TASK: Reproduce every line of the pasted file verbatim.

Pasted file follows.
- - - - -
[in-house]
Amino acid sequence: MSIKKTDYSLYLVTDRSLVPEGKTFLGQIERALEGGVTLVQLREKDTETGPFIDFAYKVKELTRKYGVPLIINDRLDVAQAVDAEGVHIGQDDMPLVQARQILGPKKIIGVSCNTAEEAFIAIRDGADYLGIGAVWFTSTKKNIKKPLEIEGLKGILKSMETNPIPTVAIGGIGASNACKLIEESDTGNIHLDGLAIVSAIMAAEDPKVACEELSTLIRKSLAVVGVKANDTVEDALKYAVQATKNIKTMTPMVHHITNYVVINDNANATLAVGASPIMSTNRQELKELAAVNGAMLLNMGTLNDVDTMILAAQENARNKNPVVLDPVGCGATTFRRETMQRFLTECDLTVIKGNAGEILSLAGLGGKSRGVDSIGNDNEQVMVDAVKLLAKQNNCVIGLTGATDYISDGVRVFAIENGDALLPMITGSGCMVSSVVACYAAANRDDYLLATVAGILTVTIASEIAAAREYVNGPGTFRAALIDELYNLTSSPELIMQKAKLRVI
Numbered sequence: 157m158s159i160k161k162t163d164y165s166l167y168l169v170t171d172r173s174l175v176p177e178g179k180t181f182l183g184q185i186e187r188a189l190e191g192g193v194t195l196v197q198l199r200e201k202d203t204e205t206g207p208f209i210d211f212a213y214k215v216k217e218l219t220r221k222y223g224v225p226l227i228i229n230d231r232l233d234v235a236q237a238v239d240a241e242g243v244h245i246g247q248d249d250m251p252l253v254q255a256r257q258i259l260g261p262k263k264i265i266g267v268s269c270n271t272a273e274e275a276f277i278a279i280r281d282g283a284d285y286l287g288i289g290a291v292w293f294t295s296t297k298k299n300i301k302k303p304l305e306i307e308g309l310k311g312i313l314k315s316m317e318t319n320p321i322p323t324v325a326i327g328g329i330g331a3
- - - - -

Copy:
[in-house]
Amino acid sequence: MSIKKTDYSLYLVTDRSLVPEGKTFLGQIERALEGGVTLVQLREKDTETGPFIDFAYKVKELTRKYGVPLIINDRLDVAQAVDAEGVHIGQDDMPLVQARQILGPKKIIGVSCNTAEEAFIAIRDGADYLGIGAVWFTSTKKNIKKPLEIEGLKGILKSMETNPIPTVAIGGIGASNACKLIEESDTGNIHLDGLAIVSAIMAAEDPKVACEELSTLIRKSLAVVGVKANDTVEDALKYAVQATKNIKTMTPMVHHITNYVVINDNANATLAVGASPIMSTNRQELKELAAVNGAMLLNMGTLNDVDTMILAAQENARNKNPVVLDPVGCGATTFRRETMQRFLTECDLTVIKGNAGEILSLAGLGGKSRGVDSIGNDNEQVMVDAVKLLAKQNNCVIGLTGATDYISDGVRVFAIENGDALLPMITGSGCMVSSVVACYAAANRDDYLLATVAGILTVTIASEIAAAREYVNGPGTFRAALIDELYNLTSSPELIMQKAKLRVI
Numbered sequence: 157m158s159i160k161k162t163d164y165s166l167y168l169v170t171d172r173s174l175v176p177e178g179k180t181f182l183g184q185i186e187r188a189l190e191g192g193v194t195l196v197q198l199r200e201k202d203t204e205t206g207p208f209i210d211f212a213y214k215v216k217e218l219t220r221k222y223g224v225p226l227i228i229n230d231r232l233d234v235a236q237a238v239d240a241e242g243v244h245i246g247q248d249d250m251p252l253v254q255a256r257q258i259l260g261p262k263k264i265i266g267v268s269c270n271t272a273e274e275a276f277i278a279i280r281d282g283a284d285y286l287g288i289g290a291v292w293f294t295s296t297k298k299n300i301k302k303p304l305e306i307e308g309l310k311g312i313l314k315s316m317e318t319n320p321i322p323t324v325a326i327g328g329i330g331a3